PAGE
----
No More Large Scale Internal Development for Final Fantasy Games After Final Fantasy XIII-2

He got something to say.

In an interview at the Game Developers Conference Taipei Summit 2012, the directer of Final Fantasy XIII and XIII-2, Motomu Toriyama, admitted “The development time was quite long. Within our company, developing on PlayStation for Final Fantasy XIII we required a huge amount of graphical data. … At the peak, there were over 200 people working on it.” That is quite a lot of people, and communication between the different departments must have been hard, which he admits to. “With a large-scale development team, we didn’t use our time well. How do you communicate to everyone in the department what the drive of the game is? We decided we needed to create more practical milestones, not story-based ones.”

It is interesting to hear that maybe Square Enix will try to be more practical with its time and money depending on the scale of the project that it is trying to achieve. It’s not to say the games before hand and current are horrible, but every Final Fantasy game after Final Fantasy X has been seen as mediocre to bad by fans, even though I personally like Final Fantasy XII myself. That felt more like a fantasy than any other game in the series.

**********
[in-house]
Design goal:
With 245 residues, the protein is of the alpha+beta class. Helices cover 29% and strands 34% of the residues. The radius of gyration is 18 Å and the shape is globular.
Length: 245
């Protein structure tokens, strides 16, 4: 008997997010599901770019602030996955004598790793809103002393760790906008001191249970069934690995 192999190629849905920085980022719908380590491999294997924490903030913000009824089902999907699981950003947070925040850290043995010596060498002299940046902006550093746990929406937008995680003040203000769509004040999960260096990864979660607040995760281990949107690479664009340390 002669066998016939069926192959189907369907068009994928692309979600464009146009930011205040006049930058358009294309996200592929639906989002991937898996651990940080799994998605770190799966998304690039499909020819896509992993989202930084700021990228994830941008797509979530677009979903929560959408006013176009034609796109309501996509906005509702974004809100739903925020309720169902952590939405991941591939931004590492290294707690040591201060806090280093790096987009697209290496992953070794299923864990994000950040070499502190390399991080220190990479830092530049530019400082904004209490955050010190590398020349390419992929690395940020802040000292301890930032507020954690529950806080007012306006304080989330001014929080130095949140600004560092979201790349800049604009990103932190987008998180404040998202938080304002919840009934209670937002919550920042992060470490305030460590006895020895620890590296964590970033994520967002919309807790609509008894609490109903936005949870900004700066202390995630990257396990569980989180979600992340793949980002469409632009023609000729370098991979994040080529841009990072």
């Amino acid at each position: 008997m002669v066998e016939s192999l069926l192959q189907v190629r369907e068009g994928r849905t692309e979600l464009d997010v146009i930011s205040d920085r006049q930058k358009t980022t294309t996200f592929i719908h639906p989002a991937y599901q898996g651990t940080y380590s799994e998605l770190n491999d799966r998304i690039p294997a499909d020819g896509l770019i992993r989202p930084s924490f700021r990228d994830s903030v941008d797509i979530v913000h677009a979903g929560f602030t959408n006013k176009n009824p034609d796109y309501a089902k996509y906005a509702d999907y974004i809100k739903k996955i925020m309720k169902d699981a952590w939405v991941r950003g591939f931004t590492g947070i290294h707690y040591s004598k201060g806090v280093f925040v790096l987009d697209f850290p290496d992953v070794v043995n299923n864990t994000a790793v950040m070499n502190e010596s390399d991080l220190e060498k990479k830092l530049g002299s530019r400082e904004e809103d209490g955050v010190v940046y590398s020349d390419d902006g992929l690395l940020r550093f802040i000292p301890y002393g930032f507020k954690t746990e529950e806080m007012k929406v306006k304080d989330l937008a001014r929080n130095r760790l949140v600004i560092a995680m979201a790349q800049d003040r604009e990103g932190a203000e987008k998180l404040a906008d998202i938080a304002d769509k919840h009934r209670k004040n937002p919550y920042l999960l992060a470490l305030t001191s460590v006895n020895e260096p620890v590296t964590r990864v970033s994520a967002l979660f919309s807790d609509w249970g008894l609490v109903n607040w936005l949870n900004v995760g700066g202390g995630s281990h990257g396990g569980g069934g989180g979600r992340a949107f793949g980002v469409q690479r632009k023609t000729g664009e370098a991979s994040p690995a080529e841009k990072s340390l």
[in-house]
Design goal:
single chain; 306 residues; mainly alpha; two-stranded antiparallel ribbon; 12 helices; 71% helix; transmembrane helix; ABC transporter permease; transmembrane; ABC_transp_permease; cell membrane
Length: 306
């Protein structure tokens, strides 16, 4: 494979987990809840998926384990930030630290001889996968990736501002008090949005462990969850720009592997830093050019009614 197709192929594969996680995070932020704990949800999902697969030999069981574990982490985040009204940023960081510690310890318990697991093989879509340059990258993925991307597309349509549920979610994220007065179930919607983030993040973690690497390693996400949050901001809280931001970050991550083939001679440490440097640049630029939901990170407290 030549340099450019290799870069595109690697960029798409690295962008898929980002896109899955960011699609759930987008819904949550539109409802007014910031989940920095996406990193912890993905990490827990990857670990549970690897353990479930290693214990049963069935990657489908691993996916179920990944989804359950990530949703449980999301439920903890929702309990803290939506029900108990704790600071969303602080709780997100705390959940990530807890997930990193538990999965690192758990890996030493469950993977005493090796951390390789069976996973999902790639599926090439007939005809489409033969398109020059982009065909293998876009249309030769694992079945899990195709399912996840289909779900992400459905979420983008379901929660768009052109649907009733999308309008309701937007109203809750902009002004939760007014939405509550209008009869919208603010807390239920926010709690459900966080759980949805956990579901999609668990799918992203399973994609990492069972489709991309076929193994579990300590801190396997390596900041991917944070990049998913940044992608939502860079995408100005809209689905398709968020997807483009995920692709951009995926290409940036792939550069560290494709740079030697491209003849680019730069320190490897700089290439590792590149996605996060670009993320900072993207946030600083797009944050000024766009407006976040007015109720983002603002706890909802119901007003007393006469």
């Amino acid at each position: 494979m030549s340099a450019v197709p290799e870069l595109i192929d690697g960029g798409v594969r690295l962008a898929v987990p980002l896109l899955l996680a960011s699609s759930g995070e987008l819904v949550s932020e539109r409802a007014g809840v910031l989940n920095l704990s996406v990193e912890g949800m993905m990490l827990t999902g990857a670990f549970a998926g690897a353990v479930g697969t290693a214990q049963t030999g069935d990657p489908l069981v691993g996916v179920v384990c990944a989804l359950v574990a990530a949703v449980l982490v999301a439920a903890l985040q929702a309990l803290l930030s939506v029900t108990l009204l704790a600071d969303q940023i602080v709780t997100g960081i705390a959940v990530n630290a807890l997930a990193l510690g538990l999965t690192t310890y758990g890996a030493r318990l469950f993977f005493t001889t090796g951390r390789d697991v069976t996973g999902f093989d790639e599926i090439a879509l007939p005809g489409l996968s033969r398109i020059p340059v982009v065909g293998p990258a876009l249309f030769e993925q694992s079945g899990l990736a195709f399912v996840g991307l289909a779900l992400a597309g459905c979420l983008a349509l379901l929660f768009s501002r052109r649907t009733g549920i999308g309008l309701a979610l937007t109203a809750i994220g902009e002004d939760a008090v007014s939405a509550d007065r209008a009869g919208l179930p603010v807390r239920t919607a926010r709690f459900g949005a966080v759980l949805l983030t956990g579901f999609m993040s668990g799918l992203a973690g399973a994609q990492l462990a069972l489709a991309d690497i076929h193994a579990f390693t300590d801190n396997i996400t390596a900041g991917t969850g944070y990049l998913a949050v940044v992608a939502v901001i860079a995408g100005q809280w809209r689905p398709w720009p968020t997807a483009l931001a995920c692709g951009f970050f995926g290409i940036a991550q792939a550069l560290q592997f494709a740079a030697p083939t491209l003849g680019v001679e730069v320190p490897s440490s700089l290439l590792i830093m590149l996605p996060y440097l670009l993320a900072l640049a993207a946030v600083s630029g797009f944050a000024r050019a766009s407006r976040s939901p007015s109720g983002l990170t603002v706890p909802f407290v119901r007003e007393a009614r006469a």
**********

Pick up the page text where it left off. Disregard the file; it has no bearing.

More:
Toriyama then comes to a sense of realization when he expressed that when keeping a large-scale project a secret, things like game testing becomes harder to accomplish. Realizing that, he also has to include western technology and production techniques which could make the process longer. This in turn forced him to release Final Fantasy XIII without the changes he wanted to implement into it. So he released Final Fantasy XIII-2 with the changes that he would have placed in the original title. The director even admits, “We are also thinking that we will not do large-scale internal development any longer. We have a lot of great creators in Square Enix, but for larger-scale development we will be doing more distributed and outsourced development to reach our targets on time.” The director already has a set idea and plan ready it seems. “In the beginning of a month we decide the achievements for that month. We decide the core of what we need to do, and plan for that.”

So what do you guys think? Is his plan and ideas for how Square Enix does its development for future Final Fantasy games a sound idea? Let me see your comments below.


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